Real Music & Real Estate . . .

Yiddishe Cup’s bandleader, Bert Stratton, is Klezmer Guy.
 

He knows about the band biz and – check this out – the real estate biz too. So maybe he’s really Klezmer Landlord.
 

You may not care about the real estate biz. Hey, you may not care about the band biz.  (See you.)
 

This is a blog with a gamy twist. It features tenants with snakes and skunks, and musicians with smoked fish in their pockets.
 

Stratton is an occasional contributor to the New York Times, the Times of Israel, the Cleveland Plain Dealer and City Journal. He won two Hopwood Awards.


 
 

MACHERS ON THE ROOF

Howard Metzenbaum was the big name in my father’s generation.  Metzenbaum made millions in parking lots, and eventually became a U.S. senator.  My father and Metzenbaum were born the same year, 1917, in Cleveland.  My dad didn’t know Metzenbaum but enjoyed following his career.

Metzenbaum, in his later years, owned a condo at Three Village, the holy of holies for upscale living in Cleveland.  The building went up in 1978 near Cedar Road at I-271.  The Three Village condo development was wooded and secluded.  My parents lived nearby, at the Mark IV apartments (now called the Hamptons).  I don’t know why my mother went to apartment living from a colonial in South Euclid.  She was a gardener, and then suddenly she was  doing tomatoes in pots on her Mark IV balcony.  My parents liked brand-new housing; they weren’t keen on used.  Everything had to be shiny and new, maybe because they grew up in poverty.

Across from the Mark IV was Acacia on the Green — a step up, rent- and prestige-wise.  Next to Acacia was Sherri Park, a step down.  Across from Sherri Park was Point East, a step up from Acacia but down from Three Village.  These buildings all went up in the 1970s and were popular with my parents’ generation.

three village

My parents never went inside Metzenbaum’s building.  I did.  I visited a friend who bought a condo in Three Village.  Metzenbaum was long gone — dead as of 2008 — and this was 2014.  The building’s buzzer directory read Maltz, Mandel, Ratner, Risman, Weinberger and Wuliger (among others).  Some of the condos were 7,500 square feet.

Maltz, Mandel, Ratner . . . Maybe you have to be an old Cleveland Jew to appreciate that.  If you’re not an old Cleveland Jew, and have read this far, please explain.

Buzz.  Come in.

Alan Douglass (L), Bert Stratton and Tamar Gray

Alan Douglass (L), Bert Stratton and Tamar Gray

The Klezmer Guy Trio performs at Nighttown, 7 p.m. Wed., Feb. 25.  An evening of social commentary, plumbing tips and music. $10. 216-795-0550.   Alan Douglass, piano and vocals.  Tamar Gray, vocals.  Klezmer, soul and standards.  I’ll do prose blurts and play clarinet. 

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7 comments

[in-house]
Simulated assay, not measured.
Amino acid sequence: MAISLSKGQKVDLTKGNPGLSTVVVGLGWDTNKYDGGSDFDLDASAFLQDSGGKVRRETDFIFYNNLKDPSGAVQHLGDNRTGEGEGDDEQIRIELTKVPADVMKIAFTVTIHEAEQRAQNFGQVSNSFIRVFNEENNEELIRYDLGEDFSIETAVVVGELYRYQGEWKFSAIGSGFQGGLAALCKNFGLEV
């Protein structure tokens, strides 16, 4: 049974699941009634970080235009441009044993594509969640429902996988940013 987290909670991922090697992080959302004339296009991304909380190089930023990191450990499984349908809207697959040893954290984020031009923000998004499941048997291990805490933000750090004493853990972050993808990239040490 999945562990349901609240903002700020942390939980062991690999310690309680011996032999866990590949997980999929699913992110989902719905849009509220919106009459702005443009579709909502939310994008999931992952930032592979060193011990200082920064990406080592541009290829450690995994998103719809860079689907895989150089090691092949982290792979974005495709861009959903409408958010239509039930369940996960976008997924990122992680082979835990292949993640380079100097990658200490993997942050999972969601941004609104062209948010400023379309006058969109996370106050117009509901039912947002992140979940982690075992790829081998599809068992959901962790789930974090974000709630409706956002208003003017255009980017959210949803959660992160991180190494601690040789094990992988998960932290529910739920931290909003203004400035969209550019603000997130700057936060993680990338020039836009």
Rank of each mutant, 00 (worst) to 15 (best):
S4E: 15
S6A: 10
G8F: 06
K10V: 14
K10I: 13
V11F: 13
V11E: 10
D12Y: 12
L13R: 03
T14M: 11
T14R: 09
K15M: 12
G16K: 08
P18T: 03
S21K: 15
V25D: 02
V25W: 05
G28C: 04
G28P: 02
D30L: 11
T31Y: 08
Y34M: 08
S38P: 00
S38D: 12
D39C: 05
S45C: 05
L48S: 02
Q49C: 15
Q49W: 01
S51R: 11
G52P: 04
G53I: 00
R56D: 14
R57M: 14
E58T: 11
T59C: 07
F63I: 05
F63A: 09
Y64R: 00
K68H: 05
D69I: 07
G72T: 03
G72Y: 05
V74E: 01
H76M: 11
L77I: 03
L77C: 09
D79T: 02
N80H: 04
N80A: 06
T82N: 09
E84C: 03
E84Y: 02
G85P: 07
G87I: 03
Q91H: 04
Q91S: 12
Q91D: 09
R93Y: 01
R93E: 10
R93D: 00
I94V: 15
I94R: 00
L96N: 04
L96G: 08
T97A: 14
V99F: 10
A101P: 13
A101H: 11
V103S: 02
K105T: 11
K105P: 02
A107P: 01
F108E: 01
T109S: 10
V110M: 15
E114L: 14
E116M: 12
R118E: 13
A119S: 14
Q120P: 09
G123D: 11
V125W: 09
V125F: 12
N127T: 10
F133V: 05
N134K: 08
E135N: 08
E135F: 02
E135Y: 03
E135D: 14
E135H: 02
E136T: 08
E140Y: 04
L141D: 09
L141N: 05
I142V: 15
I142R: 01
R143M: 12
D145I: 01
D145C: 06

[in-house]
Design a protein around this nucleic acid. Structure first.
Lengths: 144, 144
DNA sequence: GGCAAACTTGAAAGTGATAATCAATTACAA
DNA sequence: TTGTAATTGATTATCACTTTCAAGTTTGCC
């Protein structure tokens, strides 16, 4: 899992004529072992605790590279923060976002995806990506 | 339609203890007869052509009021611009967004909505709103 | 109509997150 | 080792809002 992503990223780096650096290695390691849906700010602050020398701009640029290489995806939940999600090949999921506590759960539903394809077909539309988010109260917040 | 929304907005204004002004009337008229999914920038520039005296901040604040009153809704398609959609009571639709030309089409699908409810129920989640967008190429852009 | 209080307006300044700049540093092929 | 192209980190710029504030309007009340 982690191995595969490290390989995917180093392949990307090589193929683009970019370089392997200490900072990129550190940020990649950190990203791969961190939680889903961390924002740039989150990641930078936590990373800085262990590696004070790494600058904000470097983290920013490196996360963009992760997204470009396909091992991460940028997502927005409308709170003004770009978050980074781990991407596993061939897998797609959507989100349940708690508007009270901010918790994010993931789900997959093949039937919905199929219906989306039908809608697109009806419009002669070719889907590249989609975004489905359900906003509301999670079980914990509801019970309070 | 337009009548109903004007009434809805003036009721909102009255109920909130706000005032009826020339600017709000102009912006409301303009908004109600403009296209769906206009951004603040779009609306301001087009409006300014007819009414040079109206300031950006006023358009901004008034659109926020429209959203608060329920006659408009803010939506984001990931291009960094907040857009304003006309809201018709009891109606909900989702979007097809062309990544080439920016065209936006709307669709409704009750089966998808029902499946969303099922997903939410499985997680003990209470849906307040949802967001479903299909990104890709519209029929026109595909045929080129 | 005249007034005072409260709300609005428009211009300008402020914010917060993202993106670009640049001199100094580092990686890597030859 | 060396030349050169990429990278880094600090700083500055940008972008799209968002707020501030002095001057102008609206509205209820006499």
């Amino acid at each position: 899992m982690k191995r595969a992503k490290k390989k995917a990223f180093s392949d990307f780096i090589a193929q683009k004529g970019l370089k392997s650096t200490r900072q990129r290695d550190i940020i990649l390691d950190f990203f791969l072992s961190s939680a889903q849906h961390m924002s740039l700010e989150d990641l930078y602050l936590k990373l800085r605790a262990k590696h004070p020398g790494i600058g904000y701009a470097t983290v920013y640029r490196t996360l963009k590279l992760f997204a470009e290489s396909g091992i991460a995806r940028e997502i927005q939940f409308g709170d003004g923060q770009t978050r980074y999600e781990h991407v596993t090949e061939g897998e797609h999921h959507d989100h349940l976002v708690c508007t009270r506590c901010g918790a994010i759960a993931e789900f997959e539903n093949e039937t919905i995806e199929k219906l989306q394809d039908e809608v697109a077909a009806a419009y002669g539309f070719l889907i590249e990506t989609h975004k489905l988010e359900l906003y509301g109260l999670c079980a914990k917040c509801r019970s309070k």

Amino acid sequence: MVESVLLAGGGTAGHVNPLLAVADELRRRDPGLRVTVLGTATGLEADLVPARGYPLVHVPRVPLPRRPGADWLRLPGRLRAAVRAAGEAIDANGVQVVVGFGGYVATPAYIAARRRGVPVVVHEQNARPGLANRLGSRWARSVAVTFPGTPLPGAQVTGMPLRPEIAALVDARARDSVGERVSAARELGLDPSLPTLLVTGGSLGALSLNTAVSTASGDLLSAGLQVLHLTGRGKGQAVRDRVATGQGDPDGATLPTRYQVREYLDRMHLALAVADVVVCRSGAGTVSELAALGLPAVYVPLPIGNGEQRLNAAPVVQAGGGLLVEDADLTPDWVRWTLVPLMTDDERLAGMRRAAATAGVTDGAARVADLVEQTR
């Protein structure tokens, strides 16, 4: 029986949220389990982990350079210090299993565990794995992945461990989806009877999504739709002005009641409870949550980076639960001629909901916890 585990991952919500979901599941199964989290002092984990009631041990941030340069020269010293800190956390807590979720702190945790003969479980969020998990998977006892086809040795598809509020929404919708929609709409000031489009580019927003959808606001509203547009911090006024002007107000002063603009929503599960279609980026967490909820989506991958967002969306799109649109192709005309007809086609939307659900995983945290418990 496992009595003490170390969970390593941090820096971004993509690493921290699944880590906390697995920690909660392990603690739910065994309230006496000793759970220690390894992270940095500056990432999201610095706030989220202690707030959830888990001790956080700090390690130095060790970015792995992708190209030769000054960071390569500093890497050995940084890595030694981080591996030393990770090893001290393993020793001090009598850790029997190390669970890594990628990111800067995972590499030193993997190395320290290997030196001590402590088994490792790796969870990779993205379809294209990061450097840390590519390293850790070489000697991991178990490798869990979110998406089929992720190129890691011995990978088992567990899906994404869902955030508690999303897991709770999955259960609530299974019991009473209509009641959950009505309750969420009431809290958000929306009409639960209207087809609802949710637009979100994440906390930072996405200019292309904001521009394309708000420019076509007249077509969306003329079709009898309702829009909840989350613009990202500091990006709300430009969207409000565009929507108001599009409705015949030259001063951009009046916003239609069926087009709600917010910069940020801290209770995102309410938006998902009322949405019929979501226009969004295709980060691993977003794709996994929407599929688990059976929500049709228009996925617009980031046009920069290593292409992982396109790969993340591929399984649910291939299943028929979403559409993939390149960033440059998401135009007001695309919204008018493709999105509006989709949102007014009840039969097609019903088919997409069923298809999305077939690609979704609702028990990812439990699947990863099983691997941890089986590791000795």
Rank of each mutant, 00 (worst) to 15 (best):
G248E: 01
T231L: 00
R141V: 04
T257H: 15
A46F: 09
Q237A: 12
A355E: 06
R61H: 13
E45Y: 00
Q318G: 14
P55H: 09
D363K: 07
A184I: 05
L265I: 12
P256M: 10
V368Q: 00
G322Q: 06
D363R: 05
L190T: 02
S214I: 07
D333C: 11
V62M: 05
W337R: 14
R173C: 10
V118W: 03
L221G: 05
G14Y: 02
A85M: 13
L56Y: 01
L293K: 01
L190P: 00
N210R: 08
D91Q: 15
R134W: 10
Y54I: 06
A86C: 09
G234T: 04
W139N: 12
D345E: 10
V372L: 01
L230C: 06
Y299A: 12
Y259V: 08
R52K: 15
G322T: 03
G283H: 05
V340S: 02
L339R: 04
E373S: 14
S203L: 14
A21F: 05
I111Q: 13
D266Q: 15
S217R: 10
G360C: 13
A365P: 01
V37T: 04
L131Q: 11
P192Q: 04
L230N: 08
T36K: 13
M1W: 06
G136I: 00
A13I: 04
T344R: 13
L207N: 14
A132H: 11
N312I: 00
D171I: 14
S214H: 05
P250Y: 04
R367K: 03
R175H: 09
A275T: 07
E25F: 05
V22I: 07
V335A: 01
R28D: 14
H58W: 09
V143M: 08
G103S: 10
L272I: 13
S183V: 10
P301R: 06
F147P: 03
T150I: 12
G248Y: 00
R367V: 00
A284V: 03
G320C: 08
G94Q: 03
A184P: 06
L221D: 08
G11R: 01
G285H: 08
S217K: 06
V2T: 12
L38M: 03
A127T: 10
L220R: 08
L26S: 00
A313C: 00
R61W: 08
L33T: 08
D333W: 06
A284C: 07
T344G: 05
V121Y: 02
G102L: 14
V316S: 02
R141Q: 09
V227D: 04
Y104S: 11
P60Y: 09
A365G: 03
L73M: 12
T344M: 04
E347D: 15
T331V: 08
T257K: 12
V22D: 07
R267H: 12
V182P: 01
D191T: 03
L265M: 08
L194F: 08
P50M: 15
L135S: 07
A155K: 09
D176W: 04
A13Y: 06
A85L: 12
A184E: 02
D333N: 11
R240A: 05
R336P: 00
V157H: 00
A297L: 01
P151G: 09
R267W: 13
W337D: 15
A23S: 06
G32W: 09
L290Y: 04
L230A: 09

1 Bill Jones { 02.11.15 at 10:41 am }

What, nothing about the security there from the “attended gate” to the security cameras in the woods, etc. Wonder whether one can hear drones if you trespass?

2 Ted { 02.11.15 at 11:06 am }

Mad Magazine did a great parody of “Fiddler on the Roof” called “Antenna on the Roof.” It was about Jews living in suburban U.S.A.

3 Irwin Weinberger { 02.11.15 at 11:29 am }

Did you say “Weinberger”? Oh yeah, I forgot, I live next door to a guy named Ratner. Not my type though.

4 marysz { 02.11.15 at 1:04 pm }

I always pass Acacia on my way to the mall on my visits back to Cleveland. If I ever moved back, I would definitely consider living there. Now that I’m old, I qualify. By the standards of the New York City area, where I live, the prices are incredibly reasonable. Unfortunately, there is no real public transportation, so once you give up your car keys it’s all over. Otherwise, the quality of life in that area is excellent.

5 mike madorsky { 02.11.15 at 10:40 pm }

Wow, my Grandma Freda also grew tomatoes on her balcony at the “Hamptons”. Back then still Mark IV. Since she faced Cedar, the sun never made it more than an hour or two a day. Not many tomatoes, but she grew lots of marigolds. She moved in when the building first opened, and it was 100% jewish Grandmothers. Now its a lot more diverse, even families living there, who want their kids to attend the highly touted Beachwood schools.

6 Bert Stratton { 02.12.15 at 8:37 am }

To Mike Madorsky:

My parents’ Mark IV balcony faced south (where The Village eventually went up). Good growing conditions!

7 Ken Goldberg { 02.12.15 at 9:41 pm }

I’d say Three Village was always the holy of holies for Jewish Cleveland, anyway. I never really thought of that hierarchy among the four complexes, but you may have something there. I believe the two north of Cedar have the most land, but the Hamptons has the auxiliary building with Eyewear at the Hamptons (one of Greater Cleveland’s five best opticians, imho), the upscale restaurant and beauty salon, and the pool in the center. On the other hand, the fact that the general public is allowed to patronize the businesses there may bring the complex down a notch or two.

It seems in over 30 years something else should have come along to top Three Village. The Pinnacle and the brand new The 9 are pretty luxurious, by today’s standards. If a highrise residential building is indeed built where the Cleveland Institute of Art is currently, it would probably be very expensive, but I’m anxiously waiting for the luxury highrise (probably to be the tallest of all the residential structures in Greater Cleveland) to go up, and I believe it will. This may well pass Three Village as THE place to reside for apartment/condo living.

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